“All the more reason for you to approve the plans,” said the demon. “You’re the heir-presumptive to Hell, after all, Might as well get some practice being evil in.”

“But if we tighten this bend by another three degrees,” Harold said, “We can jut clip twenty feet of the garden of this one house on the other side.”

Jasfoup took a sharp intake of breath. “You can’t,” he said. “It belongs to Howard Peabright, the Chair of the council.”

Tuesday, June 16, 2009

Harold's Deepest Fear

There weren’t many things Harold was scared of. Living with vampires, ghosts and werewolves on a daily basis gave him a healthy outlook on the supernatural. Ghosts didn’t like ozone, vampires didn’t like fire (but then, who did?), weres didn’t like silver and witches didn’t like being dumped in a vat of salt water. He took a seat on the council partly to ensure his business wasn’t hit by obscure laws implemented by a council official he refused to bribe but mostly because of his coulrophobia.

Harold was just in time, too. Cullingwoods World-Famous Circus had just put in an application to pitch on the Royal Park during the August bank Holiday week and Harold had managed to be in a position to deny the application.

“Take the Big Top down,” he said. “There’ll be no clowning in Laverstone.”

Monday, June 15, 2009

Bought Silence

Another night of Lucy’s teething had sent Harold half insane from lack of sleep.

“Half?” said Jasfoup. “You were half way there before the sleep deprivation, Ada knows where you are now.”

“Dusseldorf,” said Harold. “That’s what it feels like. I need a good night’s sleep.”

“You can borrow my place,” said the demon, “but Lucy’s crying is nothing to the screaming of the damned.”

“I’ll give it a miss, thanks.” Harold frowned. “Where are the imps?”

“Downstairs in the scriptorium,” said Jasfoup. “Why?”

“Give them the night off.”

“You can’t do that. You can’t treat imps kindly. You’ll start a revolution.”

“Twenty quid?”

“Consider the shop empty.”

Harold phoned home from his camp bed. “Honey? I’m working late.”

Friday, June 12, 2009

Trade Commission

Harold frowned as he opened the letter from the Laverstone Trade Commission.

“Dear Sir,” it said.

“It has come to our attention your business ‘Alexandrian Gold’ contravenes section 12 (d) of the Laverstone Traders Washing Agreement, to whit ‘no business shall be permitted to open on the sixth Monday after Beltane, pursuant to regulation 5(a) and is subject to a fine of not less than five shillings thousand pounds.”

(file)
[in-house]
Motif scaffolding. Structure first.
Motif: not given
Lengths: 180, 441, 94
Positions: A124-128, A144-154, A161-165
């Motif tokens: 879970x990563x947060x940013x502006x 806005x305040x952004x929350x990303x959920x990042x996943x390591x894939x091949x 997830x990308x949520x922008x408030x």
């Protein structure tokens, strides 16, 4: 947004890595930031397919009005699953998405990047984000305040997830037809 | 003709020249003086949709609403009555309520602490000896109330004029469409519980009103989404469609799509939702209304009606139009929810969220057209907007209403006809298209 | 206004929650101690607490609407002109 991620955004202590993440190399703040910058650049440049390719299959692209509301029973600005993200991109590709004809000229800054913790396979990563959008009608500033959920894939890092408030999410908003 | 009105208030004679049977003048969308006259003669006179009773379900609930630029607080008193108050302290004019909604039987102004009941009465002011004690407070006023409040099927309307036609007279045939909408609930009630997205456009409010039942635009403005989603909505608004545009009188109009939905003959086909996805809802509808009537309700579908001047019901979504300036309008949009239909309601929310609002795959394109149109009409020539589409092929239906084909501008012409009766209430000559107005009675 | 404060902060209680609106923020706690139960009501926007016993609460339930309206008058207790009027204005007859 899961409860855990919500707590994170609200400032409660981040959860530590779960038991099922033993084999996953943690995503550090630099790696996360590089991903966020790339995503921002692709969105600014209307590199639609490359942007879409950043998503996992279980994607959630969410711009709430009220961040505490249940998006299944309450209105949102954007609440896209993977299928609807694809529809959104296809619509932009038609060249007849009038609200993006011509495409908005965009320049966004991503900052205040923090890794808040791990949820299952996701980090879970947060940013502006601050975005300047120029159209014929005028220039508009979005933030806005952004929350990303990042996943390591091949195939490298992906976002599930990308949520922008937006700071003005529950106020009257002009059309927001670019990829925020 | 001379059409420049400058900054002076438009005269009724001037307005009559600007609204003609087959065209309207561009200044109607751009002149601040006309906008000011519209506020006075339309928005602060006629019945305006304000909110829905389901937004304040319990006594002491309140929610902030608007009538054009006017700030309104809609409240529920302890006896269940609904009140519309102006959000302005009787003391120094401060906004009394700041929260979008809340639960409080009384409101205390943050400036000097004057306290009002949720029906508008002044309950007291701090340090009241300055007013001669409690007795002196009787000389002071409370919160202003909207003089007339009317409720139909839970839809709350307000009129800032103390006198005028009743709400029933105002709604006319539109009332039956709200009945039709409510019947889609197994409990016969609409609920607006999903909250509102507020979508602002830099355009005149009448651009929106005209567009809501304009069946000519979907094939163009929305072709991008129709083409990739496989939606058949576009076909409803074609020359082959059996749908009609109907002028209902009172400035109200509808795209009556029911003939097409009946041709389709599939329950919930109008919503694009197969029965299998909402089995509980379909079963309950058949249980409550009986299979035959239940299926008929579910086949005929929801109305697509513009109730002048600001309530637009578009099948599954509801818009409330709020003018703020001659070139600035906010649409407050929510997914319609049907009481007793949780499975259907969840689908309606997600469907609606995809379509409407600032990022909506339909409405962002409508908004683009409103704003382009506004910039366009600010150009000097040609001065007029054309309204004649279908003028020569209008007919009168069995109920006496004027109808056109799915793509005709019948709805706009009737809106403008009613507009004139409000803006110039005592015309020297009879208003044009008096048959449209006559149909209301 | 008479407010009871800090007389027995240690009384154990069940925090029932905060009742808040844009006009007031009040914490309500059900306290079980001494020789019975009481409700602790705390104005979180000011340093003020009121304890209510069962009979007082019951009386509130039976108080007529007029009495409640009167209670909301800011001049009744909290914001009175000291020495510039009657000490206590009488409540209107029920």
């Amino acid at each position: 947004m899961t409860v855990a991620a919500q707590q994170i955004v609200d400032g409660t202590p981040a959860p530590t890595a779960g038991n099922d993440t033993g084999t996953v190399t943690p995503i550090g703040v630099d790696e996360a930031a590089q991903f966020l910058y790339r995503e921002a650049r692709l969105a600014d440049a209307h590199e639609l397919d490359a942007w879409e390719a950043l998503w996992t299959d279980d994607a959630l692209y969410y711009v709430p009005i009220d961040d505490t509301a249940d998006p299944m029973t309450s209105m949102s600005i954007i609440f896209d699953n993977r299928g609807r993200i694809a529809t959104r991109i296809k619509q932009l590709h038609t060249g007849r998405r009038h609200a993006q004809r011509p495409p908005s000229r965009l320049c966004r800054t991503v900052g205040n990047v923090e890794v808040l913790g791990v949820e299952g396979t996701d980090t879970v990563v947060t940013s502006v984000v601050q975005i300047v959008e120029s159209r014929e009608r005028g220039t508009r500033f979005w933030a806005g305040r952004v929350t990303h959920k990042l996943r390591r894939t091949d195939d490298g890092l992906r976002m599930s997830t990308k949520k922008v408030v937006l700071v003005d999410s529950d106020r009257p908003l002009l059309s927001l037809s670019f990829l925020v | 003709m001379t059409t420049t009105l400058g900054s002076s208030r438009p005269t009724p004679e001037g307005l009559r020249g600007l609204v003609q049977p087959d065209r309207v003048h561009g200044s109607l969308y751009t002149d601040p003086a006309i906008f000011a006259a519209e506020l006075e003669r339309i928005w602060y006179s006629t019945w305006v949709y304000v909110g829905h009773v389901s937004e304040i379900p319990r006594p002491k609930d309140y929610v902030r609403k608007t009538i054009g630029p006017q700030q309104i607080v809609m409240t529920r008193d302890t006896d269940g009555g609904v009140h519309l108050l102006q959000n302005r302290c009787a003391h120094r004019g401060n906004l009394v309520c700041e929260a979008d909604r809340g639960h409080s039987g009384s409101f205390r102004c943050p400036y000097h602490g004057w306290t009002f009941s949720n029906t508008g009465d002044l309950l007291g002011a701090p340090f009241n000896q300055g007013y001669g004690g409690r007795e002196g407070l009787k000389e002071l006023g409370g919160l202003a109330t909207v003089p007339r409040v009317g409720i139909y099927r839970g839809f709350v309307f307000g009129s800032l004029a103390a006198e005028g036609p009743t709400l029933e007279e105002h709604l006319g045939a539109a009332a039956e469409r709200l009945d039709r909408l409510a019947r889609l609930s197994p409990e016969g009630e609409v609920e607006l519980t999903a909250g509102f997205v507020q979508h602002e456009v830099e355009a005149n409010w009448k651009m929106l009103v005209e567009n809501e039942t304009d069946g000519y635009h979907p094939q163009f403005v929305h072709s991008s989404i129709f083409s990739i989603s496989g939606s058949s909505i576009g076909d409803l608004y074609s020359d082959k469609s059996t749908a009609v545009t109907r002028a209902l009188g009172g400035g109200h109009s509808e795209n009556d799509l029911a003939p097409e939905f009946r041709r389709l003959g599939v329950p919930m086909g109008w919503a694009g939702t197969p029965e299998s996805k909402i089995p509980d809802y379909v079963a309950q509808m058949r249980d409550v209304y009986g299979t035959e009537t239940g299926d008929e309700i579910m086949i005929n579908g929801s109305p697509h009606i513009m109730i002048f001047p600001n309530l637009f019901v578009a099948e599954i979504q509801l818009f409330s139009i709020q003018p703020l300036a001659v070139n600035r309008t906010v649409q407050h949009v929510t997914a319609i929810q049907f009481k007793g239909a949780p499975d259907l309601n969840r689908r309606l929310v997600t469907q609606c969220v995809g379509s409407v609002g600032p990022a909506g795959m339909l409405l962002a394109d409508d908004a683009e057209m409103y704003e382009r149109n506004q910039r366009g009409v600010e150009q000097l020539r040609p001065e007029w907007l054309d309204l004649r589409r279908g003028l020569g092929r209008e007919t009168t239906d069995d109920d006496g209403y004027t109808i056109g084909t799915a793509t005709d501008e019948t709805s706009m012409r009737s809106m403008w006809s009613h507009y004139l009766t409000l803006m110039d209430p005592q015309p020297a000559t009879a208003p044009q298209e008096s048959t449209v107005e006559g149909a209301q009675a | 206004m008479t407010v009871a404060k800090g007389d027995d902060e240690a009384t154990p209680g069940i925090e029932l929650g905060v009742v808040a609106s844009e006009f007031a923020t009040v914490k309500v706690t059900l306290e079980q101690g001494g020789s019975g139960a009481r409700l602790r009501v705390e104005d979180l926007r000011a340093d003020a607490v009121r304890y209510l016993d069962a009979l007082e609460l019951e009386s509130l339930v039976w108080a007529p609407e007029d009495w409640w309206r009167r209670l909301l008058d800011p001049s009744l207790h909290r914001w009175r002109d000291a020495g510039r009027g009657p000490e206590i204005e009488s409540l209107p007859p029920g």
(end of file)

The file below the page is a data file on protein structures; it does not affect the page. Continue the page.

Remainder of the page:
Your honourably,

J P Fortesque
43rd Earl of Washers and Trader’s Guild.”

“Do you know anything about this, Jasfoup?” he asked.

The demon looked away. “An old Laverstonian Guild,” he said. “You’ll have to comply, else they’ll revoke your trading licence.”

“But what was all that business about the sixth Monday?”

“Ah.” The demon smiled. “That was washing day. All traders were required to help with the washing of the public linens.”

“There is no way,” said Harold, “That I am washing my linens in public.”

“I know,” said Jasfoup. “Your mum still washes them for you.”

Thursday, June 11, 2009

Bargain Books

Harold frowned at the notebook. He’d picked it up on the flea market for fifty pence. “Have it,” said the shopkeeper after charging him £9.50 for a 1937 guide to Laverstone. “I can’t even work out what language it’s written in. It’s all Greek to me.”

“Not Greek,” said Harold, handing over a ten pound note for the two and waving away the change. “Meroitic hieroglyphs, though I don’t know of anyone who could translate them.” He passed the book to Julie, “Any clue?”

Julie paused and, stopping the pushchair from falling backwards with her foot, flicked through the text. “No clue,” she said, though someone had to understand it to publish the book.”

“It wasn’t published.” Harold looked at the inside cover. “It’s a notebook from 1958,” he said. “though it doesn’t say whose.”

“I’m sure you could find out,” said Julie, taking the book back and flicking through the pages back to front.


“This isn’t ink. It’s blood.”

Tuesday, June 09, 2009


The balls cascaded across the park in a tide of primary colours,* all the brighter for being against the snow. Fortunately, their odd shape prevented them from bouncing very far: each was cut neatly in half along the moulding seam. Hayden glared at her brother Richard. “Where did you say you’d got these?” she said. “We only get one millennium in our whole life and you but a load of defective balls for the party.”